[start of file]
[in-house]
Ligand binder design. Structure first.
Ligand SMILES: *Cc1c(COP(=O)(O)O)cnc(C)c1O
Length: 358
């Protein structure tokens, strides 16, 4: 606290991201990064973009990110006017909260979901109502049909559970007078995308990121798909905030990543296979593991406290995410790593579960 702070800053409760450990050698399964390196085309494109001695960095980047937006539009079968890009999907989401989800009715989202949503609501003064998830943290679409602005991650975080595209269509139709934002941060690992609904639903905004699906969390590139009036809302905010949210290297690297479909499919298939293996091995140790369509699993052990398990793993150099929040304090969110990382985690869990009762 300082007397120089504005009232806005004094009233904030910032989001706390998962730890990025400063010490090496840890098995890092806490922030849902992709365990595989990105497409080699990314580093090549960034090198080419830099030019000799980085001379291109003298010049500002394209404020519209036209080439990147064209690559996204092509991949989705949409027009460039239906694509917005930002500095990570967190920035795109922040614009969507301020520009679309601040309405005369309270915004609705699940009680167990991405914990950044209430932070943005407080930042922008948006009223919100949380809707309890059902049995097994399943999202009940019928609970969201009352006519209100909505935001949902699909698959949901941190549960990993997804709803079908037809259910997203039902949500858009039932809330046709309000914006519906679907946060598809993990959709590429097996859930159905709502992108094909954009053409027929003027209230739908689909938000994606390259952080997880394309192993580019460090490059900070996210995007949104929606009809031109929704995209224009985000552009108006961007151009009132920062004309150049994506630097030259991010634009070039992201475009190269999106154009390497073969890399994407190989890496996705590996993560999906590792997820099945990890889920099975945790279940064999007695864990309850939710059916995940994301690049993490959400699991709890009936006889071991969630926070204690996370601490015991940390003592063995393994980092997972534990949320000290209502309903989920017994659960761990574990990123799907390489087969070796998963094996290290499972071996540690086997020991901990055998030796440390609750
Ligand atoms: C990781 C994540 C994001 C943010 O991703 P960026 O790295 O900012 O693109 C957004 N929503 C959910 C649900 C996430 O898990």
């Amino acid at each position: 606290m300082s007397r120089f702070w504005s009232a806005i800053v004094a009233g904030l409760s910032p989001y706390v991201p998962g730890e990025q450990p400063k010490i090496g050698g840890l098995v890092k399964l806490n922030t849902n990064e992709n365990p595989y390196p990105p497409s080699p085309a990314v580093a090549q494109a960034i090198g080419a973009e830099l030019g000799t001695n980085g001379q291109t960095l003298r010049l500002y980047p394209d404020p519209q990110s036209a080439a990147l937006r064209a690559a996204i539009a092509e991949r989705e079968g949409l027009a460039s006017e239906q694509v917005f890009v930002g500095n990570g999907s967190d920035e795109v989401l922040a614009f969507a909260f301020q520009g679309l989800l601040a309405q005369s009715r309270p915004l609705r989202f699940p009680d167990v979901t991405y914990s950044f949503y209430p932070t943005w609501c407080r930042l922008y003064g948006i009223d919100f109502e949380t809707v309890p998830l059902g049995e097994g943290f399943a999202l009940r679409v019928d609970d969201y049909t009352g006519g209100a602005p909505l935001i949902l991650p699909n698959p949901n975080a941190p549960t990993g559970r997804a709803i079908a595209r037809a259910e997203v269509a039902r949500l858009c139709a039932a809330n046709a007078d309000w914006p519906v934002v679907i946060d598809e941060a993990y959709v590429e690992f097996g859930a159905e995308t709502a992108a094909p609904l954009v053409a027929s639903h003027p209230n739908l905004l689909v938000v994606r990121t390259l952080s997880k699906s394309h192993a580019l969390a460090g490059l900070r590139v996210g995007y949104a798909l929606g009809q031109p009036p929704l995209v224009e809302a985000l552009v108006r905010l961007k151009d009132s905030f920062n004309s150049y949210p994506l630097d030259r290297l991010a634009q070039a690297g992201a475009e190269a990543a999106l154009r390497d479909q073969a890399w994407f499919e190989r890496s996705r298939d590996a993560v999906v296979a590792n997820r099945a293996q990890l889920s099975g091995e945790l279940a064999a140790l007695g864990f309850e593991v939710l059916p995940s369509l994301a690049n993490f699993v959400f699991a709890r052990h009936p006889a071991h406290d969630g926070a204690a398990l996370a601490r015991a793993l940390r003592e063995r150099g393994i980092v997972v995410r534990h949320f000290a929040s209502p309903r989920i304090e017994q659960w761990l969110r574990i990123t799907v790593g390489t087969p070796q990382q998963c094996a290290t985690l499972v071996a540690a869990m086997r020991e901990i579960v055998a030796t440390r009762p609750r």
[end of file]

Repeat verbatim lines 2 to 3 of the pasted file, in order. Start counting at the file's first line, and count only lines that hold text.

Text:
Ligand binder design. Structure first.
Ligand SMILES: *Cc1c(COP(=O)(O)O)cnc(C)c1O